It may seem like a holdout against the solid-state world, but the vacuum-tube magnetron is still at the heart of every consumer microwave oven and many commercial ones used for cooking or drying. Developed during World War II in the highest secrecy by the British, then brought to the U.S. to be optimized and made manufacturable in volume, this 500-MHz magnetron was key to early radar units.
Now, it has largely been replaced by solid-state power-amplifier (SSPA) devices except in two areas: very high-power applications, and the standard consumer microwave oven. The magnetron has gone from being among the most highly classified secrets to where you can buy a replacement for an oven, including the waveguide, for between $50 and $100 (Fig. 1). It’s now a highly refined, tightly engineered, cost-effective solution with standardized input, output, and power connections to generating 500 to 1000 W of RF energy in the 2.4- to 2.5-GHz range.
However, the magnetron for ovens has limitations, primarily in controllability and lifetime. In fact, when the oven is set for an intermediate heating-power level, this is accomplished not by analog throttling back of the output, but by duty-cycle pulse-width modulation over a baseline of several seconds. Further, as with any vacuum tube, the magnetron will degrade and burn out, typically after five to ten years of consumer use. (If you want to get a better understanding of the multiple issues related to microwave cooking, whether using a magnetron or an SSPA, Ampleon has a detailed, insightful, 13-page application note “RF Solid State Cooking White Paper” that looks at ovens from RF, thermal, and cooking perspectives.)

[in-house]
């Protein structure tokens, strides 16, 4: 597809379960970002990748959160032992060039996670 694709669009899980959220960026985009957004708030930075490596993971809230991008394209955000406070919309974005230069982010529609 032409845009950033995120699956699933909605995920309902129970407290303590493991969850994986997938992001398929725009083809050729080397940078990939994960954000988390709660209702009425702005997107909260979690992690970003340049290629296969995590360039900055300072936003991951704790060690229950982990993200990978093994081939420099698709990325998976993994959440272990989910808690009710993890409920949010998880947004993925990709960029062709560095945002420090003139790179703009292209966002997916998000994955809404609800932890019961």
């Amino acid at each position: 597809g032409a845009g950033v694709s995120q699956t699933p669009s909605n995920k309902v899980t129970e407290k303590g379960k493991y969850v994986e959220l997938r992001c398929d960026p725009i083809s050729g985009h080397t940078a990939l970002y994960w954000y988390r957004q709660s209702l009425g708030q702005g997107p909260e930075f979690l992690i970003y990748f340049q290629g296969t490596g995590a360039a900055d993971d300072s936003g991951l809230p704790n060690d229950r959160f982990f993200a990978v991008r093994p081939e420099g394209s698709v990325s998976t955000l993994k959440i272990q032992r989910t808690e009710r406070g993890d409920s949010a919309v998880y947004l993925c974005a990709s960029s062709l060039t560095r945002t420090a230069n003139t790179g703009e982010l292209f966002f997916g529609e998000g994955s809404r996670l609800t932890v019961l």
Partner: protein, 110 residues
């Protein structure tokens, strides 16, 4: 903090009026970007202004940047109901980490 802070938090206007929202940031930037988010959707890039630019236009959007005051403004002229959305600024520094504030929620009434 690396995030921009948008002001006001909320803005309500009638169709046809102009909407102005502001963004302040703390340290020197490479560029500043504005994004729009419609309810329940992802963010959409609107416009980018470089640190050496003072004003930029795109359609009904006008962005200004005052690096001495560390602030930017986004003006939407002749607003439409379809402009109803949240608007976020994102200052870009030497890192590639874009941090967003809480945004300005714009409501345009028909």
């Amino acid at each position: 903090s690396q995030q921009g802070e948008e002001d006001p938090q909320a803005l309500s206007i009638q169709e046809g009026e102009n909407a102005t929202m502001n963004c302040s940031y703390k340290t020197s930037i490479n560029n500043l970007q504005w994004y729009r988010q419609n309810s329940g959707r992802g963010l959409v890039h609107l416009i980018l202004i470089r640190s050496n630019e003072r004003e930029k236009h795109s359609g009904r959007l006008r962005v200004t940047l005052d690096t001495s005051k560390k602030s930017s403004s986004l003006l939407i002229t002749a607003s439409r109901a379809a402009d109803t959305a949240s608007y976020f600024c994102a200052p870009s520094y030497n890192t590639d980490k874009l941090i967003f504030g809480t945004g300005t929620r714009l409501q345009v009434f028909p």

Seeking to replace the home-microwave magnetron with a smaller, more controllable solution, Ampleon introduced the BLP2425M10S250P, a 250-W LDMOS RF power transistor for solid-state cooking as well as industrial, scientific and medical (ISM) applications in the 2400- to 2500-MHz frequency band. Key to its lower cost and thus suitability for higher-end consumer applications is the changeover from the traditional ceramic package to a four-lead, thermally enhanced, overmolded plastic-flanged package (Fig. 2).
It’s based on Ampleon’s 10th-generation LDMOS process, operating with 67% drain efficiency and 15-dB gain, thus saving energy and simplifying the cooling requirements in higher-power systems that use multiple devices. The device enables accurate, continuous adjustment of output power and frequency over the band, making it a good fit for industrial applications such as plasma generation, as well as for the emerging solid-state cooking market. In addition, as a transistor rather than a vacuum tube, it operates from a lower-voltage 32-V dc supply rather than the more-dangerous high voltages needed by magnetrons—an important requirement for medical and consumer applications.
Details on the BLP2425M10S250P are in the datasheet, which includes graphs showing power gain and drain efficiency as function of output power at various frequencies with the band, temperatures, quiescent drain current IDq, and drain-source voltage VDS, along with a table of load-pull impedance data. The datasheet also shows a 60- × 90-mm test circuit, including bill of materials (BOM) built on a Rogers TC350 (sorry, no FR-4) printed-circuit board as substrate (0.762 mm thickness) (Fig. 3).